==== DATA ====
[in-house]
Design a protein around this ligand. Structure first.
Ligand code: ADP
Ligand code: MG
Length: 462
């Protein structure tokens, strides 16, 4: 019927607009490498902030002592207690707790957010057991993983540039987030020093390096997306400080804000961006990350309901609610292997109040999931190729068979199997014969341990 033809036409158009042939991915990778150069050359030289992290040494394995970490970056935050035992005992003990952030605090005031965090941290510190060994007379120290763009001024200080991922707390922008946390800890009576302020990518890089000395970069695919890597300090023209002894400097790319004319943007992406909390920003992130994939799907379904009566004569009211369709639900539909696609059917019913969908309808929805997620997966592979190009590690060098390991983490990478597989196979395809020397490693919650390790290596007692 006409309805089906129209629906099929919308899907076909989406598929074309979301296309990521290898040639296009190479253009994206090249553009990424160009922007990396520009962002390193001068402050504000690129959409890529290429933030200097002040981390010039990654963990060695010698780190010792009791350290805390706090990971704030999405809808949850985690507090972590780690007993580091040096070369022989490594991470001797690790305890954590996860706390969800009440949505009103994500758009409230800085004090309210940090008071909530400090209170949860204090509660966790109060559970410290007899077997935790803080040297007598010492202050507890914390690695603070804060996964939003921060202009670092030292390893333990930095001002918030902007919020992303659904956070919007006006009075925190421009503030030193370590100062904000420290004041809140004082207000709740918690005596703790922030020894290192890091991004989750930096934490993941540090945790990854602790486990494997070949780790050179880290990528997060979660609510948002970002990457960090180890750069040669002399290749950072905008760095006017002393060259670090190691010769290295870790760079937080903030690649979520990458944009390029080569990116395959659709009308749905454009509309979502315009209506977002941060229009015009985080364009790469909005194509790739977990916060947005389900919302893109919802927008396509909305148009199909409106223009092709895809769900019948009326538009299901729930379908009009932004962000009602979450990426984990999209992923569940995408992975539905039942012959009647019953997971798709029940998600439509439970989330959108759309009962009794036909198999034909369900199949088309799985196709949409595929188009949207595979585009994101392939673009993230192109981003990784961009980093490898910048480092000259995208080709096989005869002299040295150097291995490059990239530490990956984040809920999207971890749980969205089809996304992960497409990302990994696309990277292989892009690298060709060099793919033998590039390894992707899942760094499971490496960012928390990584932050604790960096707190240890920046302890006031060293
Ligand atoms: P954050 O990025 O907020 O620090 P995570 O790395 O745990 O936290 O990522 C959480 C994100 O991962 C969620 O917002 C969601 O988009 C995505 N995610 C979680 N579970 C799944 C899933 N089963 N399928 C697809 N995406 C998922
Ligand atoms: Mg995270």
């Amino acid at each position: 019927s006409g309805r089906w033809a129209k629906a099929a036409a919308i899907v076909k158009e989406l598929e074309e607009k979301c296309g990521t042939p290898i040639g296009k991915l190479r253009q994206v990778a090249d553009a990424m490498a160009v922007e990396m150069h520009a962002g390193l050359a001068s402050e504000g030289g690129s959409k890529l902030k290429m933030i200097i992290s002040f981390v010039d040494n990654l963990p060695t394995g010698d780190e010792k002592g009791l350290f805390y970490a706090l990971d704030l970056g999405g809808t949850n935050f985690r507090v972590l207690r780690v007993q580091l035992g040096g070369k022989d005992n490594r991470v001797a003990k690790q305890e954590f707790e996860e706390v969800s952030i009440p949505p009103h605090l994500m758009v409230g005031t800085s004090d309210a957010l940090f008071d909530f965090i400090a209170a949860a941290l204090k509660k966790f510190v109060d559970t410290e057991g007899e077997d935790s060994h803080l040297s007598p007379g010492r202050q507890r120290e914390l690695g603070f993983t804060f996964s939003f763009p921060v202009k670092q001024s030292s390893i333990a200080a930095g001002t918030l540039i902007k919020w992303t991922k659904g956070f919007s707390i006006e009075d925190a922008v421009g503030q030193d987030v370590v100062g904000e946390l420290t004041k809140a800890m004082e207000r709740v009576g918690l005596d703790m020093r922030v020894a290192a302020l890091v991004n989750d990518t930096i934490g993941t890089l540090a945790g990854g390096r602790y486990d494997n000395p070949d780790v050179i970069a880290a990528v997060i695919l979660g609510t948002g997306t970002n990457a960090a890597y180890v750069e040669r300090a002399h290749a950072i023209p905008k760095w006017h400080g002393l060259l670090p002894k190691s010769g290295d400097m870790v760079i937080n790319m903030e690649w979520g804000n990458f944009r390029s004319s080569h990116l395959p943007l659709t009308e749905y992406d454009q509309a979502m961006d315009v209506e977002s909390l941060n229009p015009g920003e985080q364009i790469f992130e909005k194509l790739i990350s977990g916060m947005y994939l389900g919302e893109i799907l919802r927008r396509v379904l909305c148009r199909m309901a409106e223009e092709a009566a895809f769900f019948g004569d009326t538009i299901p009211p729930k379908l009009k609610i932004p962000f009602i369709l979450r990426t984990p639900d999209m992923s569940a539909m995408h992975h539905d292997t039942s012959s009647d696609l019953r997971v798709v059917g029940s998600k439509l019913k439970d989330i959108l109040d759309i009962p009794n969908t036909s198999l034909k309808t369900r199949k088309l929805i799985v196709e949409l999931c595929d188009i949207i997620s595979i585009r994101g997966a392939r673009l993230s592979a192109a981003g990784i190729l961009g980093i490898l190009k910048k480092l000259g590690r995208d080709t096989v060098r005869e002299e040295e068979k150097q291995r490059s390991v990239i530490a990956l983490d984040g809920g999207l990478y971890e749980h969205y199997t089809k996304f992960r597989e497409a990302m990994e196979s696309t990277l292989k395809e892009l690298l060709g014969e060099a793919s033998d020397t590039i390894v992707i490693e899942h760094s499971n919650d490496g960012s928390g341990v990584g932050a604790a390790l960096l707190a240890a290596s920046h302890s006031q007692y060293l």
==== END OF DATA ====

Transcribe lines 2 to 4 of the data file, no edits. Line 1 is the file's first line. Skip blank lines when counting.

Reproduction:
Design a protein around this ligand. Structure first.
Ligand code: ADP
Ligand code: MG